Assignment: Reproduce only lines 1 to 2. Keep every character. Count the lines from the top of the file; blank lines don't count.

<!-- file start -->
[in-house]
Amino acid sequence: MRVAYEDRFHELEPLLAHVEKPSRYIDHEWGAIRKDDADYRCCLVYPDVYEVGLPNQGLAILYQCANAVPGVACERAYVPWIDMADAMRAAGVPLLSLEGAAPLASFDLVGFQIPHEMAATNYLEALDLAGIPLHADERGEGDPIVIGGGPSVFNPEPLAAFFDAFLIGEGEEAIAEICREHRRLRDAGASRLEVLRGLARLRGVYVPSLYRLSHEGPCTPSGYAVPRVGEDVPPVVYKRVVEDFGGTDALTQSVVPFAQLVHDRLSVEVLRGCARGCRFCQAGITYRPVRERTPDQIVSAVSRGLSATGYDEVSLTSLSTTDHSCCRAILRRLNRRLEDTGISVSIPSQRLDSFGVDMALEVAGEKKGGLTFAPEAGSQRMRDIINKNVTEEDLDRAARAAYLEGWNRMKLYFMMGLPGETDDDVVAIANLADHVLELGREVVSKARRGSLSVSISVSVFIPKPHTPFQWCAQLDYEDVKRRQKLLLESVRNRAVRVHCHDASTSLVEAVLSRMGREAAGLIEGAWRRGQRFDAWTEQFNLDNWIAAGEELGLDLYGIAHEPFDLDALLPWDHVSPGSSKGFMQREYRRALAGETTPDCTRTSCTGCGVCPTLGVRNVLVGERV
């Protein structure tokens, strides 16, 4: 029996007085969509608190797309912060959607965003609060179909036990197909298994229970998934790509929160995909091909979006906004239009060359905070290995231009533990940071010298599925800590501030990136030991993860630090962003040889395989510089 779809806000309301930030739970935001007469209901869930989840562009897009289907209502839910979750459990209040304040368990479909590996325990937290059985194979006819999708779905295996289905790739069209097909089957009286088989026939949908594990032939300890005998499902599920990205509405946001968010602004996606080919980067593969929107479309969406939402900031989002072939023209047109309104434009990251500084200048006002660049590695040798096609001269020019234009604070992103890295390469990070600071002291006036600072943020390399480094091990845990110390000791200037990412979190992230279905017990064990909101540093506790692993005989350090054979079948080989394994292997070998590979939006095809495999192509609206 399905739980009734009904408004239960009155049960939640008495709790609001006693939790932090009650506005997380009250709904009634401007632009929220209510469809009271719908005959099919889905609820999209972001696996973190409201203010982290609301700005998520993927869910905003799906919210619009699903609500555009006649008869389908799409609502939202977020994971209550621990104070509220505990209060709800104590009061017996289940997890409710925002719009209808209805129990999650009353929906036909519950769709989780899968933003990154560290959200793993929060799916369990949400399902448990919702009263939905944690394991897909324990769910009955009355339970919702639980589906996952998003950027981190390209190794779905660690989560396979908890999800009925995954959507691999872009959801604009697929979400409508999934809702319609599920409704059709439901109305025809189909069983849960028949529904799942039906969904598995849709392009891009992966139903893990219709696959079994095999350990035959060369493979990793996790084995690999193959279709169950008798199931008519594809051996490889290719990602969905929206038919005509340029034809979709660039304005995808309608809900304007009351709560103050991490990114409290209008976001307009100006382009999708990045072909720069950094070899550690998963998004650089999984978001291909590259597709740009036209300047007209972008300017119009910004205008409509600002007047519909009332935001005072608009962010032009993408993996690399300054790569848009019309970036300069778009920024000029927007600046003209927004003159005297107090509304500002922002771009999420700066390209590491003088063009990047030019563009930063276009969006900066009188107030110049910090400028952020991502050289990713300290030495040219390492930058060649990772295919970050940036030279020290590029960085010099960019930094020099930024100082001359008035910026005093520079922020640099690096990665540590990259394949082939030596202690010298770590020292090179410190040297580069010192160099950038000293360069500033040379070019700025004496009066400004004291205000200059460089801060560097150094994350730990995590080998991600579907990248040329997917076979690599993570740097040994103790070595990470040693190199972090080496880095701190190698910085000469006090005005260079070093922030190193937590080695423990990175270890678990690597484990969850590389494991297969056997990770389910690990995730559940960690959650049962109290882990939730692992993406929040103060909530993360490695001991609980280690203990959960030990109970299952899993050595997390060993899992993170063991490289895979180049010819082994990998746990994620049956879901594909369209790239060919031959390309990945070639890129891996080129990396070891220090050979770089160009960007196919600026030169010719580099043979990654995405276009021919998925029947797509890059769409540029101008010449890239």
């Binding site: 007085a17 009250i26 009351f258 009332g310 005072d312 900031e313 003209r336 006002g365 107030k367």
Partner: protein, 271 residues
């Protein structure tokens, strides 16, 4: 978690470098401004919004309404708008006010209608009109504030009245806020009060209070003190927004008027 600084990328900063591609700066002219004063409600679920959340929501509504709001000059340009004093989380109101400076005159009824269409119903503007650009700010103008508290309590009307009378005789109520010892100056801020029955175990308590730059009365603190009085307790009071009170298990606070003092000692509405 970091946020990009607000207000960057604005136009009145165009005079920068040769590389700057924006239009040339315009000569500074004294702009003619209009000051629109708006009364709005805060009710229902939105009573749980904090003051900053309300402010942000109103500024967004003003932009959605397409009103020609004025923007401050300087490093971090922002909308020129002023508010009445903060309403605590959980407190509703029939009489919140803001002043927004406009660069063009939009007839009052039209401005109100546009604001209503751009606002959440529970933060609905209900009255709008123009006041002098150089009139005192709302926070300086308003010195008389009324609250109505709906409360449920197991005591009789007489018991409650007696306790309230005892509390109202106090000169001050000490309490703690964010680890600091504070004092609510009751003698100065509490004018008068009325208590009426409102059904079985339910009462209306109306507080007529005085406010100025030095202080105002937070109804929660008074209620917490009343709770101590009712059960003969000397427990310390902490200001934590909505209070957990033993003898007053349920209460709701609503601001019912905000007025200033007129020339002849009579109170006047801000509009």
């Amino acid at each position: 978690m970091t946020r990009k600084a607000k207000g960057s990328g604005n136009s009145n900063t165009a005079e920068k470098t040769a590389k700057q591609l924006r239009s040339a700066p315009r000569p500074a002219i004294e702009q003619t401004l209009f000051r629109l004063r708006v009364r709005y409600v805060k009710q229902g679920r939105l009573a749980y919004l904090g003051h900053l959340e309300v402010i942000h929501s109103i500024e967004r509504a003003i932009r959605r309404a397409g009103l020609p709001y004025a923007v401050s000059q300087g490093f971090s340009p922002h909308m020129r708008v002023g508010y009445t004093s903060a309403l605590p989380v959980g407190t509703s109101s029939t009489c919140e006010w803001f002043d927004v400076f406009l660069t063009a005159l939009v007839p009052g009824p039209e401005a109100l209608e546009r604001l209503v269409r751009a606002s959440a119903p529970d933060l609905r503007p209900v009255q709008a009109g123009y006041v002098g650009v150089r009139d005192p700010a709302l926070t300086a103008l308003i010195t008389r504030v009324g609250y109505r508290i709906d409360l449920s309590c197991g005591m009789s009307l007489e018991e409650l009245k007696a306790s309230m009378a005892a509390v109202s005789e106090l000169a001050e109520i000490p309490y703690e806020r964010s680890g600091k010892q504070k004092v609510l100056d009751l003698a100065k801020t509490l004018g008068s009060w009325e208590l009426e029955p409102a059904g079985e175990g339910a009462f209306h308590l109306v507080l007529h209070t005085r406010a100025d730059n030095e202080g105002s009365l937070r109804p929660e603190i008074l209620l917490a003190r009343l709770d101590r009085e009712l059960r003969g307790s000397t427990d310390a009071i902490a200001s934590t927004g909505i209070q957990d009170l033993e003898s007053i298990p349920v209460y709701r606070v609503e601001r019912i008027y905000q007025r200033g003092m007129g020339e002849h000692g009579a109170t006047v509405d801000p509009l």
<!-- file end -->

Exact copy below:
[in-house]
Amino acid sequence: MRVAYEDRFHELEPLLAHVEKPSRYIDHEWGAIRKDDADYRCCLVYPDVYEVGLPNQGLAILYQCANAVPGVACERAYVPWIDMADAMRAAGVPLLSLEGAAPLASFDLVGFQIPHEMAATNYLEALDLAGIPLHADERGEGDPIVIGGGPSVFNPEPLAAFFDAFLIGEGEEAIAEICREHRRLRDAGASRLEVLRGLARLRGVYVPSLYRLSHEGPCTPSGYAVPRVGEDVPPVVYKRVVEDFGGTDALTQSVVPFAQLVHDRLSVEVLRGCARGCRFCQAGITYRPVRERTPDQIVSAVSRGLSATGYDEVSLTSLSTTDHSCCRAILRRLNRRLEDTGISVSIPSQRLDSFGVDMALEVAGEKKGGLTFAPEAGSQRMRDIINKNVTEEDLDRAARAAYLEGWNRMKLYFMMGLPGETDDDVVAIANLADHVLELGREVVSKARRGSLSVSISVSVFIPKPHTPFQWCAQLDYEDVKRRQKLLLESVRNRAVRVHCHDASTSLVEAVLSRMGREAAGLIEGAWRRGQRFDAWTEQFNLDNWIAAGEELGLDLYGIAHEPFDLDALLPWDHVSPGSSKGFMQREYRRALAGETTPDCTRTSCTGCGVCPTLGVRNVLVGERV